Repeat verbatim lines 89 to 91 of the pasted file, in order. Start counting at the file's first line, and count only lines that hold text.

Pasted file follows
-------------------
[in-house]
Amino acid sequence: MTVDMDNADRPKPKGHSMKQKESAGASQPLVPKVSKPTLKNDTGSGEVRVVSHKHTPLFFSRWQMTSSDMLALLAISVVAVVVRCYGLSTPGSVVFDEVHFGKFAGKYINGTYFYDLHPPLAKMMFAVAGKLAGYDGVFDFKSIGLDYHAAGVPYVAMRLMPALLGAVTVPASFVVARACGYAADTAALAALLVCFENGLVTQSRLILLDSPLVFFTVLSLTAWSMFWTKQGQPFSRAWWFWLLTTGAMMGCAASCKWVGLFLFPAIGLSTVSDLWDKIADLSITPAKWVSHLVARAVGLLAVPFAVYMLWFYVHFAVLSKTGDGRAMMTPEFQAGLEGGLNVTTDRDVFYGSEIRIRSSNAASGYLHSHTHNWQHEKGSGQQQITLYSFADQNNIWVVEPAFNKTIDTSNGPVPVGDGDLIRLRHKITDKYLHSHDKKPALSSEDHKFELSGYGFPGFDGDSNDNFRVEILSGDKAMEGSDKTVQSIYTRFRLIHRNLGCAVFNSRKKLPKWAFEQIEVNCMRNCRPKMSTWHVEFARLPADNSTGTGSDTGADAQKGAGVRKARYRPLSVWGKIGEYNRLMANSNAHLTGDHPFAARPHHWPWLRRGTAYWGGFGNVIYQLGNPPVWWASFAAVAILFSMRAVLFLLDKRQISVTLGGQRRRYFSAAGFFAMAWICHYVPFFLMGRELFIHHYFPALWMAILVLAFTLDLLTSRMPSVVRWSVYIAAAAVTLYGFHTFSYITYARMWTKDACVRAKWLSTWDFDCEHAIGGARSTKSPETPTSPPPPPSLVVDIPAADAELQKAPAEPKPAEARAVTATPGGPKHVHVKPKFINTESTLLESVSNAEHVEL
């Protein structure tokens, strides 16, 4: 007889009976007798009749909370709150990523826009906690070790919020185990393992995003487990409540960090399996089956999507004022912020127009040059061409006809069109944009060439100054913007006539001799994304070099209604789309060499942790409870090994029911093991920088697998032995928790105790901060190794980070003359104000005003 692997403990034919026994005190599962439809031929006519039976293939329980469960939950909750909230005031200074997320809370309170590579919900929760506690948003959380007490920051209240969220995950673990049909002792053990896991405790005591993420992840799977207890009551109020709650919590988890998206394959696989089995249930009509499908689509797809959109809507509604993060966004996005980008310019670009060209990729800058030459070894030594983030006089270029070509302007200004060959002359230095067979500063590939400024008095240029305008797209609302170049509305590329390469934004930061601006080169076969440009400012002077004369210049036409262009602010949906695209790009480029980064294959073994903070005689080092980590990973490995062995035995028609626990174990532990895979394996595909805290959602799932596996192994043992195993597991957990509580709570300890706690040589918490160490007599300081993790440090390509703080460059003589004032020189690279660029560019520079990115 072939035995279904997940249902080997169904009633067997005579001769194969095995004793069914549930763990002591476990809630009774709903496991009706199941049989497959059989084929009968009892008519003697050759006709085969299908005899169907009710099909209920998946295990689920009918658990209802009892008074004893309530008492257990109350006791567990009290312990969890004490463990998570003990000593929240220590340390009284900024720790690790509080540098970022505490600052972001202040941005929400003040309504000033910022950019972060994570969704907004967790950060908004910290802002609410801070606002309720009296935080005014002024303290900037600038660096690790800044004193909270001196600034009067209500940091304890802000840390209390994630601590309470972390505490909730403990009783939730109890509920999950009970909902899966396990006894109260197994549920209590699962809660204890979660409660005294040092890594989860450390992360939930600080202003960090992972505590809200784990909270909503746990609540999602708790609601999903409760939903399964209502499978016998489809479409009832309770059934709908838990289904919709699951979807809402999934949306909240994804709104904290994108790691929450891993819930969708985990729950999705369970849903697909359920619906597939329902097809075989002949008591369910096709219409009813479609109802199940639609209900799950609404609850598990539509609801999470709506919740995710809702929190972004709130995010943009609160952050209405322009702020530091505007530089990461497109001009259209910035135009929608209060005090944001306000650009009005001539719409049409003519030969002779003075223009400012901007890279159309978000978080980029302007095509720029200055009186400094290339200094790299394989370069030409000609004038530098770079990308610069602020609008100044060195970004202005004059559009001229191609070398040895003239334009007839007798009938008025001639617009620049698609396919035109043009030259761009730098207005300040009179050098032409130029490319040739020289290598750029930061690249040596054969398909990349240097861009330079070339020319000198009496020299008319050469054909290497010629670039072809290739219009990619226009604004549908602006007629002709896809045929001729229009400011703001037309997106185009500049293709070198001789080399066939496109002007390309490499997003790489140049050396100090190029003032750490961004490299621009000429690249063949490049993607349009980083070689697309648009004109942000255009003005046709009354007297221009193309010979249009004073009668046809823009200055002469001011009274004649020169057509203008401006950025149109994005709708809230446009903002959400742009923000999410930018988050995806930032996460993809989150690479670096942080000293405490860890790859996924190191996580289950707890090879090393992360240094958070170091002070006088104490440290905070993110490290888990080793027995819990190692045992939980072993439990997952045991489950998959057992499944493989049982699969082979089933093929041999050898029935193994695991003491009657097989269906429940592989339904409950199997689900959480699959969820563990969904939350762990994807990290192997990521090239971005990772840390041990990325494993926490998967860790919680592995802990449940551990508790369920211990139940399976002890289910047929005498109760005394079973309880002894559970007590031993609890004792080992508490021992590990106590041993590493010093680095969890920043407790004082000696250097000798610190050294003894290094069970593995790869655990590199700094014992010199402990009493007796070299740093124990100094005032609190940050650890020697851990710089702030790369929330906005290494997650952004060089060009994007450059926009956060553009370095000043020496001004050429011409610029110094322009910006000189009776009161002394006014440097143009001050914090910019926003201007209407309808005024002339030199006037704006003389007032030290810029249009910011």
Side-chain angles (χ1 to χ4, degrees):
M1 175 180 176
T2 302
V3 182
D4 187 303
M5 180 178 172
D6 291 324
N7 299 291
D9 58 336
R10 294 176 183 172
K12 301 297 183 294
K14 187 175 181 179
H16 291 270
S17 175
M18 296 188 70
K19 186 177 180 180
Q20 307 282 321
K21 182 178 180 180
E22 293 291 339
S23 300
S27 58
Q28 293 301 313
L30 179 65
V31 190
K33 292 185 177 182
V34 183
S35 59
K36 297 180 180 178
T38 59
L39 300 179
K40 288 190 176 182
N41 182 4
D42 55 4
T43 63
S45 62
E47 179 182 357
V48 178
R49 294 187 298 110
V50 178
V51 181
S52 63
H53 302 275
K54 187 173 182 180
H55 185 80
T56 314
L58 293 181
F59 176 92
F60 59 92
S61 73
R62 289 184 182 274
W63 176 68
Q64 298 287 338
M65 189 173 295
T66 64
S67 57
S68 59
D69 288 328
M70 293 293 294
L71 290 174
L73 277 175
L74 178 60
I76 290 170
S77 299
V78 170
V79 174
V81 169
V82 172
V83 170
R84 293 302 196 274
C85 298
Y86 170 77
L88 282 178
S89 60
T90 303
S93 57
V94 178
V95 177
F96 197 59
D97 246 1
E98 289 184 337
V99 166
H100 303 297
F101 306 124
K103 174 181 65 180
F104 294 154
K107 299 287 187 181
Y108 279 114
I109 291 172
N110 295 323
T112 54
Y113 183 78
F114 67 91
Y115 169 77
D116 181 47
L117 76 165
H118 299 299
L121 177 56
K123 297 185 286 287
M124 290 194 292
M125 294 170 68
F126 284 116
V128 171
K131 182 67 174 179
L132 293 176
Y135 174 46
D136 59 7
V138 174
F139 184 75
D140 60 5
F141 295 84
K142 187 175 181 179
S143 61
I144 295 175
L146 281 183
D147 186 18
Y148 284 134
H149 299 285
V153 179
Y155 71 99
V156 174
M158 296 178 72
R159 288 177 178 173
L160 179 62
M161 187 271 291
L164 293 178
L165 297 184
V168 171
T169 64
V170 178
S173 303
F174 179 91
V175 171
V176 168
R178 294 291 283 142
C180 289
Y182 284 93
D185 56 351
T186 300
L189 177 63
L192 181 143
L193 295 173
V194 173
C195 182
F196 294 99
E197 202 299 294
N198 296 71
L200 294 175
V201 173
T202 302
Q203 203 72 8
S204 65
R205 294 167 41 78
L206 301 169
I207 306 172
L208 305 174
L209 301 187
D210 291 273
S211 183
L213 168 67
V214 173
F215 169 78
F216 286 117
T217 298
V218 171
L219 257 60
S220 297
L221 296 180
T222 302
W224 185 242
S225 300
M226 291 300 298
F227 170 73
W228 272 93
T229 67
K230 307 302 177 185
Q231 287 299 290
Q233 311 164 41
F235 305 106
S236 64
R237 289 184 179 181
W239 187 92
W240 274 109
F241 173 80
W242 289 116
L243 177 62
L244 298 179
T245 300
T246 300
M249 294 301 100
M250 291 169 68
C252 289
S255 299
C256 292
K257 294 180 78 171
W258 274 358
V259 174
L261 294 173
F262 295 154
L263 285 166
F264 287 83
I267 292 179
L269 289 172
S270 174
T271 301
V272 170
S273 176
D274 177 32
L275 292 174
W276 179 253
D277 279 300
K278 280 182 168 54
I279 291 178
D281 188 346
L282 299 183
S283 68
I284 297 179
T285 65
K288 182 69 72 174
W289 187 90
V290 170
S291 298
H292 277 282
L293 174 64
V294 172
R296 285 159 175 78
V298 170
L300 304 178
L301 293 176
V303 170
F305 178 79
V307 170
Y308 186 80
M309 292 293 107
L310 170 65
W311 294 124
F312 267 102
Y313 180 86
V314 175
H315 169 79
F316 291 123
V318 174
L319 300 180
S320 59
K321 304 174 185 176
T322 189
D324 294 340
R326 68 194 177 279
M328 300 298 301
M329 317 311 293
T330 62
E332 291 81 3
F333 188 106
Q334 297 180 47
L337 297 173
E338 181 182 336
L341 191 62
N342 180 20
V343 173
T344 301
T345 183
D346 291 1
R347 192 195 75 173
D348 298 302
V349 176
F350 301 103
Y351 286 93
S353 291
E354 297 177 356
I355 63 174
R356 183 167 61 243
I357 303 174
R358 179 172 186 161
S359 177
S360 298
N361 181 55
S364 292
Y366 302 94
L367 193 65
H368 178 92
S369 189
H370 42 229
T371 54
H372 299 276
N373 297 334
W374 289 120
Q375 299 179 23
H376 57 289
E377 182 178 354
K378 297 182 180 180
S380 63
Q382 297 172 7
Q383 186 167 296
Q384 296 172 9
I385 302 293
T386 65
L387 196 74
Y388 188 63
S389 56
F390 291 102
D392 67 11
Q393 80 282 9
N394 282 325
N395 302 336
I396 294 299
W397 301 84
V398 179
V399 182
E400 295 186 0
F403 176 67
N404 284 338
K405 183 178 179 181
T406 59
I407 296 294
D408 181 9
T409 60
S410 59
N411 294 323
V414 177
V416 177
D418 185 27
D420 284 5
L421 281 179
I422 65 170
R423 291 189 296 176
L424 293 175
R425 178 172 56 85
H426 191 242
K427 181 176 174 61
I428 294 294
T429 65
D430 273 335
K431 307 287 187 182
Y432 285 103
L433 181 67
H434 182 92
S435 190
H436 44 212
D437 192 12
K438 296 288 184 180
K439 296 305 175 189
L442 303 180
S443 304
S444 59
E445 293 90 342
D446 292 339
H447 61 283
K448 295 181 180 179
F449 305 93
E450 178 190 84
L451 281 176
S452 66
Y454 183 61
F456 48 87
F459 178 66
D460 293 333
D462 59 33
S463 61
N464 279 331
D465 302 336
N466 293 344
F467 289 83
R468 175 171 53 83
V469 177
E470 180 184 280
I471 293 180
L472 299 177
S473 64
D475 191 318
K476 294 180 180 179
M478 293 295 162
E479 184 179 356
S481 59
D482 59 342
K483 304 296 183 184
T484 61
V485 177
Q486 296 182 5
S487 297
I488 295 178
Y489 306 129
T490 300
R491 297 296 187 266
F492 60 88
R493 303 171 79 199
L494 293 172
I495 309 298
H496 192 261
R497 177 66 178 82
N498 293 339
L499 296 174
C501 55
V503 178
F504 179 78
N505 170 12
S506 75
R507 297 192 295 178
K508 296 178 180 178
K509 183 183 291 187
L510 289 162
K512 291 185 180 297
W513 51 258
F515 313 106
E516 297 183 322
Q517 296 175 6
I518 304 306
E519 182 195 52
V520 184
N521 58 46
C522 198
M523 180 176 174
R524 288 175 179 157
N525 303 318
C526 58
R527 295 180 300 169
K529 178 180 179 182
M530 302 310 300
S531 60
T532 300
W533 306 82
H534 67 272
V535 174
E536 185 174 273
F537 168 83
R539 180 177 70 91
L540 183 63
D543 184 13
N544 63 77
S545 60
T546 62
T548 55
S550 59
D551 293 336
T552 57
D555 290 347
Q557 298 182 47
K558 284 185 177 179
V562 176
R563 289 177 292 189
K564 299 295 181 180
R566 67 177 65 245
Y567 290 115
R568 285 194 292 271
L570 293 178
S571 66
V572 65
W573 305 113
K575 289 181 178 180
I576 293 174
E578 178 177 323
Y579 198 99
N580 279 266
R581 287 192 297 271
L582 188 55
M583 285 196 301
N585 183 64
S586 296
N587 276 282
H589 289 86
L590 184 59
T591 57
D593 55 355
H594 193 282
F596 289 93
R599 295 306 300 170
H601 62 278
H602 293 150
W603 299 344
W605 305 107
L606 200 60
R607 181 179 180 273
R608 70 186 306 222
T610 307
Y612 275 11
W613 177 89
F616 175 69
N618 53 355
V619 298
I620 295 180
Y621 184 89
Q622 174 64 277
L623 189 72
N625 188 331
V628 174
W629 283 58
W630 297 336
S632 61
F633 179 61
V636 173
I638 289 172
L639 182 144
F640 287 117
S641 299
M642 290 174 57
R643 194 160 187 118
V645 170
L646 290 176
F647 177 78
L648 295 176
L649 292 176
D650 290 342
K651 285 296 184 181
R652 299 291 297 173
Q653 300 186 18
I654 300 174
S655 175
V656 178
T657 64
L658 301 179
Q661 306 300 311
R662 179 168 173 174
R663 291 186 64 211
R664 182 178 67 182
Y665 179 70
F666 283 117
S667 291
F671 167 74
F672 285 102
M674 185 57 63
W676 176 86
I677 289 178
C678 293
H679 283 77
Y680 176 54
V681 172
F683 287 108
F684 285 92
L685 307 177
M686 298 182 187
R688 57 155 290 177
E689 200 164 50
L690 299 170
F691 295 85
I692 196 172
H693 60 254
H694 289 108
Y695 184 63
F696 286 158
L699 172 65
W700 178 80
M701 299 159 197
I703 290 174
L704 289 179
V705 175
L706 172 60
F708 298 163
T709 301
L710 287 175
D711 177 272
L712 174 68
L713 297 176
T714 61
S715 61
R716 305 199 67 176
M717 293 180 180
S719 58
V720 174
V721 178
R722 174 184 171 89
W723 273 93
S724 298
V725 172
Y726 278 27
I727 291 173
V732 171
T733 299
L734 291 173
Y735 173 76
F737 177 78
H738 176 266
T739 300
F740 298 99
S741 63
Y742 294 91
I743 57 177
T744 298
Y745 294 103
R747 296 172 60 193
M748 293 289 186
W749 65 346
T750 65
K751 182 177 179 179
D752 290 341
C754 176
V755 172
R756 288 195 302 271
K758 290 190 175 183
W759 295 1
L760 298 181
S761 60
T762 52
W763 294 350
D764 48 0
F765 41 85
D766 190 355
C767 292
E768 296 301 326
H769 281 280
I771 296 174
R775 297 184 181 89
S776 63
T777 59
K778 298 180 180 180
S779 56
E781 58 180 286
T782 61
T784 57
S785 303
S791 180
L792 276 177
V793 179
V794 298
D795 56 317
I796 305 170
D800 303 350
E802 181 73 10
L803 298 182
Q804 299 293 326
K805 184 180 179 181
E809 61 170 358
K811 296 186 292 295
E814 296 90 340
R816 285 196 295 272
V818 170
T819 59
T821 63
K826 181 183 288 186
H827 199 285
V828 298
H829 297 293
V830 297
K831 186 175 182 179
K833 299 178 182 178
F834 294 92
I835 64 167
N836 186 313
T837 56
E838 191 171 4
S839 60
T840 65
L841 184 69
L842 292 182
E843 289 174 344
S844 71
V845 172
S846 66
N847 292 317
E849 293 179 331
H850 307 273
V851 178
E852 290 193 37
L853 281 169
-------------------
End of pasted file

K107 299 287 187 181
Y108 279 114
I109 291 172